Back to school

Back to school is right around the corner, and Charlotte Central School is ready to welcomeCCS Exploratory – 2 the 365 enrolled students this year. Those returning to CCS, “Where there’s no better place to learn,” might see a few changes around the building.

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Taxing issue

As the municipal tax rate is set to increase from 14.39 cents to 17.67 cents per $100 assessed property value, taxpayers are struggling to understand if the recent consolidation of CSSU school districts under Act 46 is the culprit. After all, Town Administrator Dean Bloch said in reference to the three-cent increase, “The main driver in the increase was the state education tax rates.” But the facts, when examined a little more closely, don’t necessarily point an accusatory finger at unification for the jump.

One district to rule them all

Whether voters in Charlotte, Hinesburg, Shelburne, St. George and Williston knew it or not when they voted on June 7 to consolidate under one unified district, they became part of the largest statewide education reorganization in the past 125 years. Act 46, which passed in all five towns of CSSU to create the Champlain Valley School District, is designed with an overarching goal to reduce the number of Vermont’s existing school districts by half.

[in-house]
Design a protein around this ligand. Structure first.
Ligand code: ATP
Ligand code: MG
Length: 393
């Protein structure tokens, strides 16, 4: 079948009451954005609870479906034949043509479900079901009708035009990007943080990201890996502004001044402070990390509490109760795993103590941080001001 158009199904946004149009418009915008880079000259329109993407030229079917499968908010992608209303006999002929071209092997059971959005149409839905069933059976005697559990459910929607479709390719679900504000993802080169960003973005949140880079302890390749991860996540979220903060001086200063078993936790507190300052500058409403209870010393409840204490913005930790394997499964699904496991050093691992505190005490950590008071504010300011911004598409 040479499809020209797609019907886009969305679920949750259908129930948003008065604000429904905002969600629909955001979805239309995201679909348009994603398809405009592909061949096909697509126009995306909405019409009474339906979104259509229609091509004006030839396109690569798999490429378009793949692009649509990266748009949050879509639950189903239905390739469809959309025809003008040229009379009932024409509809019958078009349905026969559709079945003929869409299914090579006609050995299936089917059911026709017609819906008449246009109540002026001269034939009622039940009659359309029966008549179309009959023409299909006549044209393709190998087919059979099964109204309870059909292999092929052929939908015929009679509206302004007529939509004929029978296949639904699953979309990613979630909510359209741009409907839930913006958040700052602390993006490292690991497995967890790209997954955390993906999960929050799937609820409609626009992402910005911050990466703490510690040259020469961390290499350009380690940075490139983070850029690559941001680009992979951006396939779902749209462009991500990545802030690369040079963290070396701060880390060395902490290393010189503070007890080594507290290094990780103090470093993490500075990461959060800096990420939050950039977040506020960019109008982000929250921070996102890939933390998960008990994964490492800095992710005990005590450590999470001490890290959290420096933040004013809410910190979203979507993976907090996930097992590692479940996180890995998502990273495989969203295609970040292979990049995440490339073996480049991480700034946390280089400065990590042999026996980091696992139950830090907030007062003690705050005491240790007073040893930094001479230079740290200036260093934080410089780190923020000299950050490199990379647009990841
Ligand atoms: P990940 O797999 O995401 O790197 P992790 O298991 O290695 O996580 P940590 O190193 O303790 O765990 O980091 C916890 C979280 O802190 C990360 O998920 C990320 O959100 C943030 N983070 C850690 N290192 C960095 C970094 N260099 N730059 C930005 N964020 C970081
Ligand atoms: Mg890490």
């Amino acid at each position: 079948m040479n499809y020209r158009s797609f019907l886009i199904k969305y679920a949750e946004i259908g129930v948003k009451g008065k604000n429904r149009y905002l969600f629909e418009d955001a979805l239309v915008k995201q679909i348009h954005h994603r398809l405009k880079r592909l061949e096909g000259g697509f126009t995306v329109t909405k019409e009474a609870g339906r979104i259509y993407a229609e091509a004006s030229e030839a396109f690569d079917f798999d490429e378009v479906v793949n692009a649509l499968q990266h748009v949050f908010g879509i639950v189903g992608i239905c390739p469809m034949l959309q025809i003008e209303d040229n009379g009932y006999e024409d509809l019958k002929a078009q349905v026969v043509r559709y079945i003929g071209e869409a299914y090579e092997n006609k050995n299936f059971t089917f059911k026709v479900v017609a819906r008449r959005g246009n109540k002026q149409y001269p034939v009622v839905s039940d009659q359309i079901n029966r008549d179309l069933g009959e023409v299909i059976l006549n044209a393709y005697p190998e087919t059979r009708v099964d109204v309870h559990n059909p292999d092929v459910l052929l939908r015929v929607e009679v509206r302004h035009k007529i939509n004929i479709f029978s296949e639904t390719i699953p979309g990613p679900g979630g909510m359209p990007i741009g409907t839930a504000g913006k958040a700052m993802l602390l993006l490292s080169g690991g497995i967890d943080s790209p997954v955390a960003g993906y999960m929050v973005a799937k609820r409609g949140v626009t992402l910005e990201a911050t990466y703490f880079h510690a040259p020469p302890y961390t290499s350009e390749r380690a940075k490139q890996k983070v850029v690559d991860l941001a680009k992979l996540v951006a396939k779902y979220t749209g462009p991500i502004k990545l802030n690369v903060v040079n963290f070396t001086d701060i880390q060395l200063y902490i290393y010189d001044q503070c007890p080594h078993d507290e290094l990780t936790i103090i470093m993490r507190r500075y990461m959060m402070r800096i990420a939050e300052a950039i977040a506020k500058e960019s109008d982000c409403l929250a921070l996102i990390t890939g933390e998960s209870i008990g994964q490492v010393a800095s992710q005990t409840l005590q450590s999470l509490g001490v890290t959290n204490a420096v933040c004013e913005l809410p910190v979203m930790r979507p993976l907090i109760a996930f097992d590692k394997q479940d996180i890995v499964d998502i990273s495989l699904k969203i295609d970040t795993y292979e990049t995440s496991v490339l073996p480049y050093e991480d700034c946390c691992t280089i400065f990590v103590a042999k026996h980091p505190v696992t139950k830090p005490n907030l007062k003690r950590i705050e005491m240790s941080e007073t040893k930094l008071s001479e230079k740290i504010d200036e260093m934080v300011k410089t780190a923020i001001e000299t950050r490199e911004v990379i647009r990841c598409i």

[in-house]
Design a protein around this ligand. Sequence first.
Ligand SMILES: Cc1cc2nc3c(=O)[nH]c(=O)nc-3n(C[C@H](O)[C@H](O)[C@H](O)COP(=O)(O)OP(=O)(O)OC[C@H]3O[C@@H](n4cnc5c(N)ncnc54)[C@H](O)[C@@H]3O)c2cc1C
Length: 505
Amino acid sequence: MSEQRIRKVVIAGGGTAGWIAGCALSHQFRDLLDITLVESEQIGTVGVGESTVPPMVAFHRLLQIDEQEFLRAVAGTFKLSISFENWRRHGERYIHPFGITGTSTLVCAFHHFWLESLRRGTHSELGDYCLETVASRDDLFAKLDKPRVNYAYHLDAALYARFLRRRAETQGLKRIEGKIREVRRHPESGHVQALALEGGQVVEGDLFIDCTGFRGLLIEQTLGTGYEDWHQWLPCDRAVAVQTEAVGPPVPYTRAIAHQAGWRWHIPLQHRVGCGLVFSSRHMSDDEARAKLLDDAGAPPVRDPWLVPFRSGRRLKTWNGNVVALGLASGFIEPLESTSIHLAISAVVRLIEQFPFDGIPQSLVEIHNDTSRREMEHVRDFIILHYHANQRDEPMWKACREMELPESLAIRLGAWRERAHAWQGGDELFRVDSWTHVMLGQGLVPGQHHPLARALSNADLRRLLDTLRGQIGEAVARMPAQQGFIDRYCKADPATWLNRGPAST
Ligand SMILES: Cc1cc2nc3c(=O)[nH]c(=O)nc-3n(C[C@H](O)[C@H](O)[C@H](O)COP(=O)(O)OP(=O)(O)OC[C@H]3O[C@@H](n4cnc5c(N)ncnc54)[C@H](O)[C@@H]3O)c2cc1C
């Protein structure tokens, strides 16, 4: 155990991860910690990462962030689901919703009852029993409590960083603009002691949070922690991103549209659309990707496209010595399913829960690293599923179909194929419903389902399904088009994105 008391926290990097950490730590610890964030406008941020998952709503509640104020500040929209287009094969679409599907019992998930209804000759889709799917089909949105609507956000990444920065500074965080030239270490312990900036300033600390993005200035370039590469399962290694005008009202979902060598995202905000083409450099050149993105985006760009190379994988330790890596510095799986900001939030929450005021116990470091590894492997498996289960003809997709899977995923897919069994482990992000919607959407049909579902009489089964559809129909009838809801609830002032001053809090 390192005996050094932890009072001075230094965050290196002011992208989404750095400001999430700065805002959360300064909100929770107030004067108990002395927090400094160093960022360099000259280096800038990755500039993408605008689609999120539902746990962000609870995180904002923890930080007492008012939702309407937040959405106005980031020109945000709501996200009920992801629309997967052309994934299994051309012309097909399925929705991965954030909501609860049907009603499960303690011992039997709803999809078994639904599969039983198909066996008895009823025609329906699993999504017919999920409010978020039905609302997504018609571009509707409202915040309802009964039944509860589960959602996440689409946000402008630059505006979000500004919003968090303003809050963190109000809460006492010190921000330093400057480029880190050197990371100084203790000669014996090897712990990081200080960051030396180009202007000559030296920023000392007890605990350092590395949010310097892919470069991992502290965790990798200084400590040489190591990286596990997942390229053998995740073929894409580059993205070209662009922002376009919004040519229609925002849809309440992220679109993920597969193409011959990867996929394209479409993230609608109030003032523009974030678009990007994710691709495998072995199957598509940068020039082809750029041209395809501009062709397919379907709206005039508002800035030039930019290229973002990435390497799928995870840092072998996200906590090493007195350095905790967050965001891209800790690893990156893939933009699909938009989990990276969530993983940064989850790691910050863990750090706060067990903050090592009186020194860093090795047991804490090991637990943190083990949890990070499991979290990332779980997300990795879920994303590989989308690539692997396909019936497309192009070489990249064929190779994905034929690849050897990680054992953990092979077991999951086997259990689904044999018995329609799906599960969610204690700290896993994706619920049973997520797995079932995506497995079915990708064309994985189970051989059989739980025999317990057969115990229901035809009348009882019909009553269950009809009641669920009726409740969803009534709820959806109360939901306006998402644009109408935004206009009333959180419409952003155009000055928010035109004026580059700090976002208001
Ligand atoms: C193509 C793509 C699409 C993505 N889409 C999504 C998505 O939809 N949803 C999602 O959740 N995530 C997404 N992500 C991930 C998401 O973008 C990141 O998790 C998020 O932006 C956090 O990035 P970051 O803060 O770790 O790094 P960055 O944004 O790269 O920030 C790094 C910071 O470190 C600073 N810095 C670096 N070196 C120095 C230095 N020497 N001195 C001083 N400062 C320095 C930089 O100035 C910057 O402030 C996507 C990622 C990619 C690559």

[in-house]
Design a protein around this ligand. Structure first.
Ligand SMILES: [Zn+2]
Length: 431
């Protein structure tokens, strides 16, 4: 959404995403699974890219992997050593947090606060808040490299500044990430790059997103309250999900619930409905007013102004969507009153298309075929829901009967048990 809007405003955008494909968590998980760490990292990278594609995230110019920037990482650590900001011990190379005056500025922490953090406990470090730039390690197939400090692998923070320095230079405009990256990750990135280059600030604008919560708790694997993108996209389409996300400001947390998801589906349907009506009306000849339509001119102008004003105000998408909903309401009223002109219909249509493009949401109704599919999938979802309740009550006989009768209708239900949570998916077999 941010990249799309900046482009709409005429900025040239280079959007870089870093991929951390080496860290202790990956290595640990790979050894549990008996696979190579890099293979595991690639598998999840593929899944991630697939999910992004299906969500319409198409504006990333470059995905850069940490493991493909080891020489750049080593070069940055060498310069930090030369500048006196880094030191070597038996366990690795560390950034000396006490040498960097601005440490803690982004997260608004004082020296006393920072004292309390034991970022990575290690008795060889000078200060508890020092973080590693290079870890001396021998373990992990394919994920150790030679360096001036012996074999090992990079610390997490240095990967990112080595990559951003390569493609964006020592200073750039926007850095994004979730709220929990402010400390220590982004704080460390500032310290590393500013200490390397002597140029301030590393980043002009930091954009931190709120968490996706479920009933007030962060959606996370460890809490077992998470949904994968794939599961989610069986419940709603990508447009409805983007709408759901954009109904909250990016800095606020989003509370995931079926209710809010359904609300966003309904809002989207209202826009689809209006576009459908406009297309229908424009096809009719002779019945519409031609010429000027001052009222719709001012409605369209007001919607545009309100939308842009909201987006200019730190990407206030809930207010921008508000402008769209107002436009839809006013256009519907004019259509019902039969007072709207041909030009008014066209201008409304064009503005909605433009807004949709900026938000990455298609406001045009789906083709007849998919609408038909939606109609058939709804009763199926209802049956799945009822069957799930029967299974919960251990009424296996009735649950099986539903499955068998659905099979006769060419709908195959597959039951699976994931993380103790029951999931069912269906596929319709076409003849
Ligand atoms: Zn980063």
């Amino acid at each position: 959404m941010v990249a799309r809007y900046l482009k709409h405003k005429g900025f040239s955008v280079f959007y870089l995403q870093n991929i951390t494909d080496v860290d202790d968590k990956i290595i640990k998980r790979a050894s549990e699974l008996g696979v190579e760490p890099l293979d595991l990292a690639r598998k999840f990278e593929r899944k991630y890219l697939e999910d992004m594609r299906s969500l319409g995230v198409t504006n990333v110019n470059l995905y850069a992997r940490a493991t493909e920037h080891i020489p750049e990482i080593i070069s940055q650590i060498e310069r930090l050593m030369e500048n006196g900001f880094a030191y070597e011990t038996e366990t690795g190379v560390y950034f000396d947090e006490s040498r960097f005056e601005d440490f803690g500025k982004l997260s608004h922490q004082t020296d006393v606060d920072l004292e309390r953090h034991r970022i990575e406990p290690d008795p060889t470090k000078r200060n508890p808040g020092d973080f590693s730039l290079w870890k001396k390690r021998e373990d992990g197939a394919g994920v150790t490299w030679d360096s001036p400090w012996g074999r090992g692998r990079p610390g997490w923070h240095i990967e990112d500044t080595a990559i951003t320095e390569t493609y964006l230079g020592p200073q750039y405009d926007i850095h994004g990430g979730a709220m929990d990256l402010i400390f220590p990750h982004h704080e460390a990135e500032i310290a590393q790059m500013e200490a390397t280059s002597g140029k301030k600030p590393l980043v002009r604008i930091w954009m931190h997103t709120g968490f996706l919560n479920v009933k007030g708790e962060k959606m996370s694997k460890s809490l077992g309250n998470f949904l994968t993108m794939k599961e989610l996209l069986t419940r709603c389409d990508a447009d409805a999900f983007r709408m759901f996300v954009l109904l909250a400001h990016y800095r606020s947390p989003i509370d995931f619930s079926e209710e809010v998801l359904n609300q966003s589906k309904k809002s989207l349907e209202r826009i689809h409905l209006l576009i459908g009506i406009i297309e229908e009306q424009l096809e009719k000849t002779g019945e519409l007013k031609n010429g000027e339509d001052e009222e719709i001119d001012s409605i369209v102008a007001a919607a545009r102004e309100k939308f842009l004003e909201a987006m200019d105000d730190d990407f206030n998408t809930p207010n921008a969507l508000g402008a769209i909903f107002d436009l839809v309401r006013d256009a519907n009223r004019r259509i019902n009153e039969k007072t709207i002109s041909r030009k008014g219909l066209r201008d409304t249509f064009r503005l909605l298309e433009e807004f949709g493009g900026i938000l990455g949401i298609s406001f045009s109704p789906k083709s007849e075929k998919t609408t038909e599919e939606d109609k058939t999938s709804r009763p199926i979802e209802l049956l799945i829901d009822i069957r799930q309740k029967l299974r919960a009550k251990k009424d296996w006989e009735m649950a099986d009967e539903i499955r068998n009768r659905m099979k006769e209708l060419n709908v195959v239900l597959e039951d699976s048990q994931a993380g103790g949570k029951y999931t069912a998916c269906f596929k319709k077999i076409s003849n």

Chasing Champ

No one ever expected a pre-historic lake beast to be fast off the mark, but Champ barely made it 20 feet before doubling over to catch his breath, shaking his head as participants in the Annual Champ Run on June 7 at CCS went streaming by, some as young as three years old.

Growing an edible schoolyard at Charlotte Central School

When we constructed six raised beds and planned their planting with the school food director, that was exactly our goal: expand students’ palates, give them personal experiences with their food, and support their health and well-being with outdoor education and ecologically grown fresh produce.

Does size matter?

The slippery or red elm standing in front of the home of Christie and Dave Garrett on Thompson’s Point Road has always impressed me mightily, and indeed, with a girth of 232 inches, it is the biggest of its kind in Charlotte.